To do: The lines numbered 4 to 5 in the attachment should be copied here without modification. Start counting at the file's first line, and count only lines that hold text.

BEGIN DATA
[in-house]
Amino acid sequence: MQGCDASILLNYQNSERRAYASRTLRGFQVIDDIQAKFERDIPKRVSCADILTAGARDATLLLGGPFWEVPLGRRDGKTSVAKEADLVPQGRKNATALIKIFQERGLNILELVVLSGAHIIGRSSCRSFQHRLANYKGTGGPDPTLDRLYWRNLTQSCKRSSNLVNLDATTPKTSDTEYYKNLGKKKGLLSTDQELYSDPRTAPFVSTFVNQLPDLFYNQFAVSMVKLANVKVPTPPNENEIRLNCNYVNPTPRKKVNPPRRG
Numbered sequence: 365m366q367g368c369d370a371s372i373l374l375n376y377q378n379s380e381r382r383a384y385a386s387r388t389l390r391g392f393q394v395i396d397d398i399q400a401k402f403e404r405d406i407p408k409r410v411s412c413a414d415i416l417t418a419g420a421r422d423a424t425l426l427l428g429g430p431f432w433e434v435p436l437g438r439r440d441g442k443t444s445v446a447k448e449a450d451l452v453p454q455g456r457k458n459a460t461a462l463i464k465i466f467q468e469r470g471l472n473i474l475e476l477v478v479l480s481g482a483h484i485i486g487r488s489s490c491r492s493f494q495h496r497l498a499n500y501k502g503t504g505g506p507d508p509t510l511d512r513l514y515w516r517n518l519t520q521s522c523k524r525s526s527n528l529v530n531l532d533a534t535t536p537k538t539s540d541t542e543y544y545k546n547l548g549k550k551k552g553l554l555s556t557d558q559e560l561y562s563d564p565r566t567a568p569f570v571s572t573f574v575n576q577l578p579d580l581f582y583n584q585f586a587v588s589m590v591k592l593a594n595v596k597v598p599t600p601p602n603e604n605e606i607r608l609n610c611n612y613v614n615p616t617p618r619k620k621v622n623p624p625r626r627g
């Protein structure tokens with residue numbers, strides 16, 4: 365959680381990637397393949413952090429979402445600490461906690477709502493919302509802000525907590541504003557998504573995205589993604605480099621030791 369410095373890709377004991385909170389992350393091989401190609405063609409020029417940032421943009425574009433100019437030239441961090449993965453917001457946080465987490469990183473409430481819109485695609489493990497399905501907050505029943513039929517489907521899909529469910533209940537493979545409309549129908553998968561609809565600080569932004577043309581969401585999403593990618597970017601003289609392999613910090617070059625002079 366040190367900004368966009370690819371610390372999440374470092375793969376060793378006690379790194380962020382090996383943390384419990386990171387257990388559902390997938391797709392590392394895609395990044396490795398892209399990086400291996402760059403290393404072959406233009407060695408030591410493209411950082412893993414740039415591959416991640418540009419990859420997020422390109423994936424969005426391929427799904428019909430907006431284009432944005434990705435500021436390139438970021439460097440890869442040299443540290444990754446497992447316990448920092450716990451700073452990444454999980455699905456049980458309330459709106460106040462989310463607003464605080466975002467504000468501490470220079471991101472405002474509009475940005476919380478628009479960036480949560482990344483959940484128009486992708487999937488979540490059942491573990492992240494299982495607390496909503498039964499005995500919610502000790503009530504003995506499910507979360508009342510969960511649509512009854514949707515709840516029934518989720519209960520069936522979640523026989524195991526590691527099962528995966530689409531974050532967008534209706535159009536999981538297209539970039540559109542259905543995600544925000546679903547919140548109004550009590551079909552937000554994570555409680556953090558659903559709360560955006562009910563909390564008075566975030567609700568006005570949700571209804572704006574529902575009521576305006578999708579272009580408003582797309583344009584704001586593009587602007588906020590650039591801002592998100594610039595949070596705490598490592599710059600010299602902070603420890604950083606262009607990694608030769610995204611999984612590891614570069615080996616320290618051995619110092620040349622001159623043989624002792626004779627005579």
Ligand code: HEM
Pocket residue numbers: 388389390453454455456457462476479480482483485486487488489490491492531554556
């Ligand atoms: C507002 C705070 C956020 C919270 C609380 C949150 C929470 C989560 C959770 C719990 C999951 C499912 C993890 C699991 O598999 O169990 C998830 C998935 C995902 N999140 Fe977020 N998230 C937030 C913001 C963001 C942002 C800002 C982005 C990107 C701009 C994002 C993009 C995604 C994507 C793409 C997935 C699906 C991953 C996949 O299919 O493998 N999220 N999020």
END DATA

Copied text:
């Protein structure tokens with residue numbers, strides 16, 4: 365959680381990637397393949413952090429979402445600490461906690477709502493919302509802000525907590541504003557998504573995205589993604605480099621030791 369410095373890709377004991385909170389992350393091989401190609405063609409020029417940032421943009425574009433100019437030239441961090449993965453917001457946080465987490469990183473409430481819109485695609489493990497399905501907050505029943513039929517489907521899909529469910533209940537493979545409309549129908553998968561609809565600080569932004577043309581969401585999403593990618597970017601003289609392999613910090617070059625002079 366040190367900004368966009370690819371610390372999440374470092375793969376060793378006690379790194380962020382090996383943390384419990386990171387257990388559902390997938391797709392590392394895609395990044396490795398892209399990086400291996402760059403290393404072959406233009407060695408030591410493209411950082412893993414740039415591959416991640418540009419990859420997020422390109423994936424969005426391929427799904428019909430907006431284009432944005434990705435500021436390139438970021439460097440890869442040299443540290444990754446497992447316990448920092450716990451700073452990444454999980455699905456049980458309330459709106460106040462989310463607003464605080466975002467504000468501490470220079471991101472405002474509009475940005476919380478628009479960036480949560482990344483959940484128009486992708487999937488979540490059942491573990492992240494299982495607390496909503498039964499005995500919610502000790503009530504003995506499910507979360508009342510969960511649509512009854514949707515709840516029934518989720519209960520069936522979640523026989524195991526590691527099962528995966530689409531974050532967008534209706535159009536999981538297209539970039540559109542259905543995600544925000546679903547919140548109004550009590551079909552937000554994570555409680556953090558659903559709360560955006562009910563909390564008075566975030567609700568006005570949700571209804572704006574529902575009521576305006578999708579272009580408003582797309583344009584704001586593009587602007588906020590650039591801002592998100594610039595949070596705490598490592599710059600010299602902070603420890604950083606262009607990694608030769610995204611999984612590891614570069615080996616320290618051995619110092620040349622001159623043989624002792626004779627005579």
Ligand code: HEM